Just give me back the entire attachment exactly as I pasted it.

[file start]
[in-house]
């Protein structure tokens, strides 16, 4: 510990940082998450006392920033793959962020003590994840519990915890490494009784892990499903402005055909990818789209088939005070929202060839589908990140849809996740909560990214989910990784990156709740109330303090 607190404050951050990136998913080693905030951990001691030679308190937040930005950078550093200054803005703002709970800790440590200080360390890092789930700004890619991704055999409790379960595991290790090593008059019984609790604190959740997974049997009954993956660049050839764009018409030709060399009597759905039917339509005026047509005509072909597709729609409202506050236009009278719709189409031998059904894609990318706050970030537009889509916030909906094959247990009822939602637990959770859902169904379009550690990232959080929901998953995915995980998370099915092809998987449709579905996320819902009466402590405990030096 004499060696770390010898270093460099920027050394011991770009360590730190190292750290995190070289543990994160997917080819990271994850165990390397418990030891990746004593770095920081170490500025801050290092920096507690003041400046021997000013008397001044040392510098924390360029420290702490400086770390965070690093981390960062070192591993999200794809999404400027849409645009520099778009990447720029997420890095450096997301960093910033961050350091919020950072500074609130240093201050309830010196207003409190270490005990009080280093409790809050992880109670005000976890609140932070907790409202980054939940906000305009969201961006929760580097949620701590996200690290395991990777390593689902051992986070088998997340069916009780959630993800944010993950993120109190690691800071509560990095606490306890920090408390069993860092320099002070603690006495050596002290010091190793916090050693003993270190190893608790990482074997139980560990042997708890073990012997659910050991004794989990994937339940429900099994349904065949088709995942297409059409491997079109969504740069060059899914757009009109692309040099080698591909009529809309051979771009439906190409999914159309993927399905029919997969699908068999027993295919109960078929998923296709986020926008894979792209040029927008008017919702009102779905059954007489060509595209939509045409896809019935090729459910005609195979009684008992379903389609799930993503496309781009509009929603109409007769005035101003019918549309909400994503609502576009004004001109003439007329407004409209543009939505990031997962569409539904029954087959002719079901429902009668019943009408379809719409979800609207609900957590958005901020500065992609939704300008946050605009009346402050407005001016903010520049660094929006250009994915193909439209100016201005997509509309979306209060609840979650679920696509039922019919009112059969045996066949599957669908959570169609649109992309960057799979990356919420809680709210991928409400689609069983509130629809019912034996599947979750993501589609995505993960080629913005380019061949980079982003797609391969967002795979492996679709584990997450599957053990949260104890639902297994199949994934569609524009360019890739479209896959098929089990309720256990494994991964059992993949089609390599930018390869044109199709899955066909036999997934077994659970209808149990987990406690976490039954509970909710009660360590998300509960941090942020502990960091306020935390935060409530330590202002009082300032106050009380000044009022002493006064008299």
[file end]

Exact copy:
[in-house]
């Protein structure tokens, strides 16, 4: 510990940082998450006392920033793959962020003590994840519990915890490494009784892990499903402005055909990818789209088939005070929202060839589908990140849809996740909560990214989910990784990156709740109330303090 607190404050951050990136998913080693905030951990001691030679308190937040930005950078550093200054803005703002709970800790440590200080360390890092789930700004890619991704055999409790379960595991290790090593008059019984609790604190959740997974049997009954993956660049050839764009018409030709060399009597759905039917339509005026047509005509072909597709729609409202506050236009009278719709189409031998059904894609990318706050970030537009889509916030909906094959247990009822939602637990959770859902169904379009550690990232959080929901998953995915995980998370099915092809998987449709579905996320819902009466402590405990030096 004499060696770390010898270093460099920027050394011991770009360590730190190292750290995190070289543990994160997917080819990271994850165990390397418990030891990746004593770095920081170490500025801050290092920096507690003041400046021997000013008397001044040392510098924390360029420290702490400086770390965070690093981390960062070192591993999200794809999404400027849409645009520099778009990447720029997420890095450096997301960093910033961050350091919020950072500074609130240093201050309830010196207003409190270490005990009080280093409790809050992880109670005000976890609140932070907790409202980054939940906000305009969201961006929760580097949620701590996200690290395991990777390593689902051992986070088998997340069916009780959630993800944010993950993120109190690691800071509560990095606490306890920090408390069993860092320099002070603690006495050596002290010091190793916090050693003993270190190893608790990482074997139980560990042997708890073990012997659910050991004794989990994937339940429900099994349904065949088709995942297409059409491997079109969504740069060059899914757009009109692309040099080698591909009529809309051979771009439906190409999914159309993927399905029919997969699908068999027993295919109960078929998923296709986020926008894979792209040029927008008017919702009102779905059954007489060509595209939509045409896809019935090729459910005609195979009684008992379903389609799930993503496309781009509009929603109409007769005035101003019918549309909400994503609502576009004004001109003439007329407004409209543009939505990031997962569409539904029954087959002719079901429902009668019943009408379809719409979800609207609900957590958005901020500065992609939704300008946050605009009346402050407005001016903010520049660094929006250009994915193909439209100016201005997509509309979306209060609840979650679920696509039922019919009112059969045996066949599957669908959570169609649109992309960057799979990356919420809680709210991928409400689609069983509130629809019912034996599947979750993501589609995505993960080629913005380019061949980079982003797609391969967002795979492996679709584990997450599957053990949260104890639902297994199949994934569609524009360019890739479209896959098929089990309720256990494994991964059992993949089609390599930018390869044109199709899955066909036999997934077994659970209808149990987990406690976490039954509970909710009660360590998300509960941090942020502990960091306020935390935060409530330590202002009082300032106050009380000044009022002493006064008299």